A difficult escape
In order to reach the south shore of the St. Lawrence River, Nicolas Knap will have to swim a distance of about 11 km. His position in the water will be transverse to the direction of the current. He will have to maintain a constant speed and, above all, he will have to fight against the natural downstream current of the river as well as the rising tide coming from the ocean. At this location, the winds, waves and currents can be very powerful (between 3.7 and 5.56 km per hour), which can further complicate the adventure. This is not the first time this experienced swimmer has crossed the river, but he will still have to be extra vigilant. In addition to the natural elements of the river, Nicolas Knap will have to deal with the cruise ships sailing towards Grosse Île, the commercial ships calling at the port of Quebec and the curious boaters. He expects to meet the first cruise passengers on his route between 9 and 10 am.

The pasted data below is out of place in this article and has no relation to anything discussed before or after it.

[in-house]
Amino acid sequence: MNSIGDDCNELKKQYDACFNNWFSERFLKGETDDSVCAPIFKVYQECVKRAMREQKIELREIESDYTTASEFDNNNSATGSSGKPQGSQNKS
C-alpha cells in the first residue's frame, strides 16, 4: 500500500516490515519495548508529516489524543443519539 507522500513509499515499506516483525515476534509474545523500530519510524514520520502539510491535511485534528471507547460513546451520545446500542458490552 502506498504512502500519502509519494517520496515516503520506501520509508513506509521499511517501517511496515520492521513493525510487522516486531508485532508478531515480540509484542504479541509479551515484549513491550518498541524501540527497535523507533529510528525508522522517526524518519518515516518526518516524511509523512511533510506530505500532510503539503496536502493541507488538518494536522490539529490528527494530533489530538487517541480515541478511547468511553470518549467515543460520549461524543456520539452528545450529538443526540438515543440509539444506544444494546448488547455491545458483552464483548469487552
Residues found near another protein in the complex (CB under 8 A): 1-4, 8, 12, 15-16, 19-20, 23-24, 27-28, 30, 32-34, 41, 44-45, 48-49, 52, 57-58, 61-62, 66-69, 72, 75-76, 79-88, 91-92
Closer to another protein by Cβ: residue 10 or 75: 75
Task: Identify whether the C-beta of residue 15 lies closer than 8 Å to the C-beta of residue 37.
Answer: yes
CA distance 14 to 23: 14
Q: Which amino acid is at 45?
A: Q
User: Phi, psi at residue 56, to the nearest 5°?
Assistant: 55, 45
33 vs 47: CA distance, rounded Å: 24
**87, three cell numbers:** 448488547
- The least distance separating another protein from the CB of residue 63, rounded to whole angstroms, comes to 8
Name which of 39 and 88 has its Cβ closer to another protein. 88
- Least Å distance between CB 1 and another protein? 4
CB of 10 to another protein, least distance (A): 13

For approximately 11 km, fans will be able to follow Nicolas Knap’s escape live for about two hours on their smartphone, on the W ater Marathoner’s website or on social media using Globalstar satellite technology. He will use the SPOT X satellite GPS (a two-way satellite messaging device that will be on his boat) as well as the tracks.rs system (a customizable GPS tracking system for endurance sports, on land or at sea). A link will be available a few days before his departure.
International recognition and homologation